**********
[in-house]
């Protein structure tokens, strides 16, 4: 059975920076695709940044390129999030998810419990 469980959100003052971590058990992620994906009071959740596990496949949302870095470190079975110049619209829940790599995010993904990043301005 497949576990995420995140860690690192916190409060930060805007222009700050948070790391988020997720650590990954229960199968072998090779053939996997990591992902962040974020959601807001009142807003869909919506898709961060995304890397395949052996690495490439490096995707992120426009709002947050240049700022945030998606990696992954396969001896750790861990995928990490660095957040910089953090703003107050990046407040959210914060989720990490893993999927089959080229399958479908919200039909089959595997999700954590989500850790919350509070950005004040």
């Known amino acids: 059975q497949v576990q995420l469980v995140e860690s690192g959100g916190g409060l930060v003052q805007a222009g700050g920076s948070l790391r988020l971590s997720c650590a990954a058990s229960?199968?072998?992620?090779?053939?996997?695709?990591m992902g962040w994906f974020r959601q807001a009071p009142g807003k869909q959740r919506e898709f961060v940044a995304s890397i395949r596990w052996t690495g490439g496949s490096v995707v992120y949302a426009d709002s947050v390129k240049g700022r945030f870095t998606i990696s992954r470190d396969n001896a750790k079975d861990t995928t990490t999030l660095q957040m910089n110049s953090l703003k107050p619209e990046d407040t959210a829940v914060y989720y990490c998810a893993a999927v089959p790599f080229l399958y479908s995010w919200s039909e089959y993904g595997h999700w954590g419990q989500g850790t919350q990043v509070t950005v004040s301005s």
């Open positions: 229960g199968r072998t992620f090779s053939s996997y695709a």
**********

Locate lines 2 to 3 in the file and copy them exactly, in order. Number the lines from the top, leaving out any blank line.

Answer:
């Protein structure tokens, strides 16, 4: 059975920076695709940044390129999030998810419990 469980959100003052971590058990992620994906009071959740596990496949949302870095470190079975110049619209829940790599995010993904990043301005 497949576990995420995140860690690192916190409060930060805007222009700050948070790391988020997720650590990954229960199968072998090779053939996997990591992902962040974020959601807001009142807003869909919506898709961060995304890397395949052996690495490439490096995707992120426009709002947050240049700022945030998606990696992954396969001896750790861990995928990490660095957040910089953090703003107050990046407040959210914060989720990490893993999927089959080229399958479908919200039909089959595997999700954590989500850790919350509070950005004040």
């Known amino acids: 059975q497949v576990q995420l469980v995140e860690s690192g959100g916190g409060l930060v003052q805007a222009g700050g920076s948070l790391r988020l971590s997720c650590a990954a058990s229960?199968?072998?992620?090779?053939?996997?695709?990591m992902g962040w994906f974020r959601q807001a009071p009142g807003k869909q959740r919506e898709f961060v940044a995304s890397i395949r596990w052996t690495g490439g496949s490096v995707v992120y949302a426009d709002s947050v390129k240049g700022r945030f870095t998606i990696s992954r470190d396969n001896a750790k079975d861990t995928t990490t999030l660095q957040m910089n110049s953090l703003k107050p619209e990046d407040t959210a829940v914060y989720y990490c998810a893993a999927v089959p790599f080229l399958y479908s995010w919200s039909e089959y993904g595997h999700w954590g419990q989500g850790t919350q990043v509070t950005v004040s301005s």